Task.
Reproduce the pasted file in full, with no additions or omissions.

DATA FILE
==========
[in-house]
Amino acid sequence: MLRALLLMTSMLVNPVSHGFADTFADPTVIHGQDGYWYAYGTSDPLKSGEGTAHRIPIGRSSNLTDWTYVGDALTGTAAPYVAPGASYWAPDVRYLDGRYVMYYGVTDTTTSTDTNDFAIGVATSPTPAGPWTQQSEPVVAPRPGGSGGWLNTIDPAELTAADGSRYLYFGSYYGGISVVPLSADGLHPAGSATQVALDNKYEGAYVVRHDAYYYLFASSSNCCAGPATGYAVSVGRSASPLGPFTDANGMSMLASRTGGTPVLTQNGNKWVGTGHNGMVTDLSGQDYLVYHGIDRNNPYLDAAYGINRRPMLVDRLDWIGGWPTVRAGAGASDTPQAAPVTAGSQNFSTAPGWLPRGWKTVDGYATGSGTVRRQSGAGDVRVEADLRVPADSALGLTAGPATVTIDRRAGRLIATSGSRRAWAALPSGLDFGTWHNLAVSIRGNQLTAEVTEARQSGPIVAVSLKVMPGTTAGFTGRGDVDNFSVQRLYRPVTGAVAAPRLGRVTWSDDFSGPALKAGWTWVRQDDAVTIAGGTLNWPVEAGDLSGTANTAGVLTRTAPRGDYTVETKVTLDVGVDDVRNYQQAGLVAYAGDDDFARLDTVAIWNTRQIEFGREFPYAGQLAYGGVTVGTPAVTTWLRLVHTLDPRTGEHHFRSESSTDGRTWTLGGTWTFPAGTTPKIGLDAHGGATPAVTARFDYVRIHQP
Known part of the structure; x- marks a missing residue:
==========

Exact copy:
[in-house]
Amino acid sequence: MLRALLLMTSMLVNPVSHGFADTFADPTVIHGQDGYWYAYGTSDPLKSGEGTAHRIPIGRSSNLTDWTYVGDALTGTAAPYVAPGASYWAPDVRYLDGRYVMYYGVTDTTTSTDTNDFAIGVATSPTPAGPWTQQSEPVVAPRPGGSGGWLNTIDPAELTAADGSRYLYFGSYYGGISVVPLSADGLHPAGSATQVALDNKYEGAYVVRHDAYYYLFASSSNCCAGPATGYAVSVGRSASPLGPFTDANGMSMLASRTGGTPVLTQNGNKWVGTGHNGMVTDLSGQDYLVYHGIDRNNPYLDAAYGINRRPMLVDRLDWIGGWPTVRAGAGASDTPQAAPVTAGSQNFSTAPGWLPRGWKTVDGYATGSGTVRRQSGAGDVRVEADLRVPADSALGLTAGPATVTIDRRAGRLIATSGSRRAWAALPSGLDFGTWHNLAVSIRGNQLTAEVTEARQSGPIVAVSLKVMPGTTAGFTGRGDVDNFSVQRLYRPVTGAVAAPRLGRVTWSDDFSGPALKAGWTWVRQDDAVTIAGGTLNWPVEAGDLSGTANTAGVLTRTAPRGDYTVETKVTLDVGVDDVRNYQQAGLVAYAGDDDFARLDTVAIWNTRQIEFGREFPYAGQLAYGGVTVGTPAVTTWLRLVHTLDPRTGEHHFRSESSTDGRTWTLGGTWTFPAGTTPKIGLDAHGGATPAVTARFDYVRIHQP
Known part of the structure; x- marks a missing residue: